FOM: arbitrary objects
William Tait
wwtx at uchicago.edu
Thu Jan 31 14:41:43 EST 2002
In a paper ``Finitism'' (Journal of Philosophy 1981) I took the
notion of an arbitrary number as basic for understanding what is
finite in a function F : N arrow N or in a proof of a general proposition
such as forall x, y [x+y = y+x]. I hesitate to mention this now,
since I haven't time to get into a discussion of the merits of my
analysis. (There is a bit more in a paper ``Remarks on finitism''
soon to appear in the collection of essays _Reflections_. But I think
there is still more to be said.)
Arnon Avron wrote
>I should say that I find the discussion about "arbitrary objects"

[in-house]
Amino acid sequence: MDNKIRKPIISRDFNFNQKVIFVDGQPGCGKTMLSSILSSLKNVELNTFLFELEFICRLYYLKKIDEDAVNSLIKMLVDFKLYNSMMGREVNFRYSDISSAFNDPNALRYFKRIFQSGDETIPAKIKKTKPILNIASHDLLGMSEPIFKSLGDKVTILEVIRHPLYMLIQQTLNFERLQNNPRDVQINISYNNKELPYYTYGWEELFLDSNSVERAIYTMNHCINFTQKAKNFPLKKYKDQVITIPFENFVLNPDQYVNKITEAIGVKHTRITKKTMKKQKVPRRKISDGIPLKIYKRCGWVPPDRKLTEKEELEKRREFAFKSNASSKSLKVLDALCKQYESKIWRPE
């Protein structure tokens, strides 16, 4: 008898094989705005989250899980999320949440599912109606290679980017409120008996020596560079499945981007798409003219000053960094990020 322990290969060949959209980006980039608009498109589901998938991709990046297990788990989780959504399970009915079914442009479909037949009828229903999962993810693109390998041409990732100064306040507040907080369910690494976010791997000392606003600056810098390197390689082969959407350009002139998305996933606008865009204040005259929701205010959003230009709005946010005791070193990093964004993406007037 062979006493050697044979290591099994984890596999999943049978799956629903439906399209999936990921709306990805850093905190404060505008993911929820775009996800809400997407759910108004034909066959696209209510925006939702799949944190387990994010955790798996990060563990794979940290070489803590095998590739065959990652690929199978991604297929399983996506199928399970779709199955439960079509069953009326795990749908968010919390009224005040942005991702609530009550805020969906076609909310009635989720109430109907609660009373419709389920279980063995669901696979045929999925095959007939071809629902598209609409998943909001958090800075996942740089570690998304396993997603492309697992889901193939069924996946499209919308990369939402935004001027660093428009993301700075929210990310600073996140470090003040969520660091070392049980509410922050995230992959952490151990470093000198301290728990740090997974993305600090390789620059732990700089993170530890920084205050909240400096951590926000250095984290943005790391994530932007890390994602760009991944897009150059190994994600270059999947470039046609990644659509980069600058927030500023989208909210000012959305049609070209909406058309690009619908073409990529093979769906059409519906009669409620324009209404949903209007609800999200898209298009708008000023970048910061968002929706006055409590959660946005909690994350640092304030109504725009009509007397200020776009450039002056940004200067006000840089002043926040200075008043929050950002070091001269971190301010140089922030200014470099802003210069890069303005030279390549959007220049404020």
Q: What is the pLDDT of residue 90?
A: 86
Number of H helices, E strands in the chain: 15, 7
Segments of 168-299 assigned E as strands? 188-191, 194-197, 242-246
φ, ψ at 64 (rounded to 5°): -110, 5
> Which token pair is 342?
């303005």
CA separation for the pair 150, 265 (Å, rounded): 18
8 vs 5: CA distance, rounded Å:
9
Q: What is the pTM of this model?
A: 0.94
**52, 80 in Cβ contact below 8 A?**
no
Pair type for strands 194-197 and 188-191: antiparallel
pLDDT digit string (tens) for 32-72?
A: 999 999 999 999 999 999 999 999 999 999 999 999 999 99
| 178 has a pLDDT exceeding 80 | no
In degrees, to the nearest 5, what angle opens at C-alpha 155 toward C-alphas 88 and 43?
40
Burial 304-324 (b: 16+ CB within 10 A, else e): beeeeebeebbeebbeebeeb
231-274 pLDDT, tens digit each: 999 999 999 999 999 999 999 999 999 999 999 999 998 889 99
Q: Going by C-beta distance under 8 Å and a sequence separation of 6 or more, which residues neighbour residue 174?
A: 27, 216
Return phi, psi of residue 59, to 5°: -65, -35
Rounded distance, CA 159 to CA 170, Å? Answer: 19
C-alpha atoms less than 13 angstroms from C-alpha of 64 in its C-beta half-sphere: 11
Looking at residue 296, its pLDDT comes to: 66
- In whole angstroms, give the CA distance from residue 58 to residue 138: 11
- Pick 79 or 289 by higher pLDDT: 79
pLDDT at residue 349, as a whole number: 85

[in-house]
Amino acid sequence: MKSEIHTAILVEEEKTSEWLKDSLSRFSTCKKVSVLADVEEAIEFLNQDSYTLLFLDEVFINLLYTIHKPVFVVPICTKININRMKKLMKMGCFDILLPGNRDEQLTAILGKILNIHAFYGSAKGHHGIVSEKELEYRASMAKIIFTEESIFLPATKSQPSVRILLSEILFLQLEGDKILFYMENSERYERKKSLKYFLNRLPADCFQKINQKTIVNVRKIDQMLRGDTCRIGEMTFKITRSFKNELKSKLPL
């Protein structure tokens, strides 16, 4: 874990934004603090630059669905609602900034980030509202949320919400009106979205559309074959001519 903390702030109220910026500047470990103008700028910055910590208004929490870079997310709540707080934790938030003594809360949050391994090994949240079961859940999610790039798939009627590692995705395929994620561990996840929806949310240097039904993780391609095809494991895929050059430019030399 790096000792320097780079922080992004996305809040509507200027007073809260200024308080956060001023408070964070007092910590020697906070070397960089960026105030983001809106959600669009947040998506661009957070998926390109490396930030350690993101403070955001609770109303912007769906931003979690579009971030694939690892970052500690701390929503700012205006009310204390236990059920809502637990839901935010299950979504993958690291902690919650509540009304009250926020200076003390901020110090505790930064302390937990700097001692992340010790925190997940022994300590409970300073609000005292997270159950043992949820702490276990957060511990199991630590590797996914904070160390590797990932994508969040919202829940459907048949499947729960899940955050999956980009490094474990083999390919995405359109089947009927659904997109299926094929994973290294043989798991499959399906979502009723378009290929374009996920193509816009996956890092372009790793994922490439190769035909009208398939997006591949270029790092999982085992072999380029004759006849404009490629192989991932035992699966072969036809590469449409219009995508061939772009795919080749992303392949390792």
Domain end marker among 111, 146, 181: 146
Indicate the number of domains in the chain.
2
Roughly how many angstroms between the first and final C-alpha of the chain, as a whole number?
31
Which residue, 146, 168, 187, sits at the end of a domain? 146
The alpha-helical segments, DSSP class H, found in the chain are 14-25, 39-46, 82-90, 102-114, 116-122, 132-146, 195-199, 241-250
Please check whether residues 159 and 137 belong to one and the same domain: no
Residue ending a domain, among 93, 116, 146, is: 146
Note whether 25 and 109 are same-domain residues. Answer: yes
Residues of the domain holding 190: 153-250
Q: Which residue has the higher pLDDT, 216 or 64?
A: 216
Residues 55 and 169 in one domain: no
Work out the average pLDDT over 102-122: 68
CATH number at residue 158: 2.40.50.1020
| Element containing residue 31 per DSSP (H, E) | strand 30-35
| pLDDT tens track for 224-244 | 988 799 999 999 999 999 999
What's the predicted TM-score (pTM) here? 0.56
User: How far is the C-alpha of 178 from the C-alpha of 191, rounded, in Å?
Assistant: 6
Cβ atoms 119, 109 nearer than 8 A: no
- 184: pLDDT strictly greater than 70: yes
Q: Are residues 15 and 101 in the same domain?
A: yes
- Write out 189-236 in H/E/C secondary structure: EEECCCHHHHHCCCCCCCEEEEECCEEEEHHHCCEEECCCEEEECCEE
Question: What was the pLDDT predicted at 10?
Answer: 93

>(or "arbitrary numbers") rather embarrassing, especially that
>it is made by logicans. When I read it I got the feeling that
>Gentzen (and his analysis of Natural Deduction) and Tarski
>(with his semantical analysis of formulas, using structures
>and assignments) had never existed, and that
>variables and their correct use are still a mystery...
Maybe one should be embarrassed by talk of arbitrary objects only if
one takes that notion to explain the meaning of variables. For
example, that the notion of an indeterminate (and the pre-Cohen
notion of a generic object) may be understood in terms of free
variables does not mean that there may not be another way to
understand them that throws a different kind of light. (On the other
hand, I don't know Kit Fine's work on this subject.)
Bill Tait
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